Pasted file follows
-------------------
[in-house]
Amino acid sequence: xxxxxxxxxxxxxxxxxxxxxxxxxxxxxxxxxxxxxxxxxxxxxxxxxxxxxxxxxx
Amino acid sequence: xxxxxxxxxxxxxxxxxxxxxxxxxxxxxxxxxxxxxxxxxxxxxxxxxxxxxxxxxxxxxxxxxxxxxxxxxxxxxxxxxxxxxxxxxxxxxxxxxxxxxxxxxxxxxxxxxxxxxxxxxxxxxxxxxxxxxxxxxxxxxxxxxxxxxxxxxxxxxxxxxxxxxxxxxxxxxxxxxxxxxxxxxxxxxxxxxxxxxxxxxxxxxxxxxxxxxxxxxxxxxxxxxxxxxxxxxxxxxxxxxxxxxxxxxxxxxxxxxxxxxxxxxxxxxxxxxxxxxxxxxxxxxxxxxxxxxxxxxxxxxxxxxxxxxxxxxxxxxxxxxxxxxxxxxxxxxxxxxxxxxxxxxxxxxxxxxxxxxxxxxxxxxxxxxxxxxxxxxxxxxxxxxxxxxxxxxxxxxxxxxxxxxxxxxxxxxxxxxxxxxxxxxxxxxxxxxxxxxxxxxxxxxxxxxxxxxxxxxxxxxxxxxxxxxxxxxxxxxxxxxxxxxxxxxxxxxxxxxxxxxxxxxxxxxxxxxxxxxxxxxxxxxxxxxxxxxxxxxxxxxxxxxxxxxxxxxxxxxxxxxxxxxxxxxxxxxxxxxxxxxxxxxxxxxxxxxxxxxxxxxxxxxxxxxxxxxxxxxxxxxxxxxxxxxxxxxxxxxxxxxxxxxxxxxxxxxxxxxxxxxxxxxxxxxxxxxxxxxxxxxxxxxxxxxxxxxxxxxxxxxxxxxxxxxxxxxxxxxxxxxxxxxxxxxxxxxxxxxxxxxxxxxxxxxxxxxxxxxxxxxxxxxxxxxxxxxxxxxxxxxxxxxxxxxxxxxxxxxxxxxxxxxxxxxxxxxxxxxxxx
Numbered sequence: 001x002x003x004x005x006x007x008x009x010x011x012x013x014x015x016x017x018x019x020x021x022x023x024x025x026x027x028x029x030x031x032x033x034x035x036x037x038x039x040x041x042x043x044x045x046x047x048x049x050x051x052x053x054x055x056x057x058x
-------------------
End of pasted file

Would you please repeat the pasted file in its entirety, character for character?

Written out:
[in-house]
Amino acid sequence: xxxxxxxxxxxxxxxxxxxxxxxxxxxxxxxxxxxxxxxxxxxxxxxxxxxxxxxxxx
Amino acid sequence: xxxxxxxxxxxxxxxxxxxxxxxxxxxxxxxxxxxxxxxxxxxxxxxxxxxxxxxxxxxxxxxxxxxxxxxxxxxxxxxxxxxxxxxxxxxxxxxxxxxxxxxxxxxxxxxxxxxxxxxxxxxxxxxxxxxxxxxxxxxxxxxxxxxxxxxxxxxxxxxxxxxxxxxxxxxxxxxxxxxxxxxxxxxxxxxxxxxxxxxxxxxxxxxxxxxxxxxxxxxxxxxxxxxxxxxxxxxxxxxxxxxxxxxxxxxxxxxxxxxxxxxxxxxxxxxxxxxxxxxxxxxxxxxxxxxxxxxxxxxxxxxxxxxxxxxxxxxxxxxxxxxxxxxxxxxxxxxxxxxxxxxxxxxxxxxxxxxxxxxxxxxxxxxxxxxxxxxxxxxxxxxxxxxxxxxxxxxxxxxxxxxxxxxxxxxxxxxxxxxxxxxxxxxxxxxxxxxxxxxxxxxxxxxxxxxxxxxxxxxxxxxxxxxxxxxxxxxxxxxxxxxxxxxxxxxxxxxxxxxxxxxxxxxxxxxxxxxxxxxxxxxxxxxxxxxxxxxxxxxxxxxxxxxxxxxxxxxxxxxxxxxxxxxxxxxxxxxxxxxxxxxxxxxxxxxxxxxxxxxxxxxxxxxxxxxxxxxxxxxxxxxxxxxxxxxxxxxxxxxxxxxxxxxxxxxxxxxxxxxxxxxxxxxxxxxxxxxxxxxxxxxxxxxxxxxxxxxxxxxxxxxxxxxxxxxxxxxxxxxxxxxxxxxxxxxxxxxxxxxxxxxxxxxxxxxxxxxxxxxxxxxxxxxxxxxxxxxxxxxxxxxxxxxxxxxxxxxxxxxxxxxxxxxxxxxxxxxxxxxx
Numbered sequence: 001x002x003x004x005x006x007x008x009x010x011x012x013x014x015x016x017x018x019x020x021x022x023x024x025x026x027x028x029x030x031x032x033x034x035x036x037x038x039x040x041x042x043x044x045x046x047x048x049x050x051x052x053x054x055x056x057x058x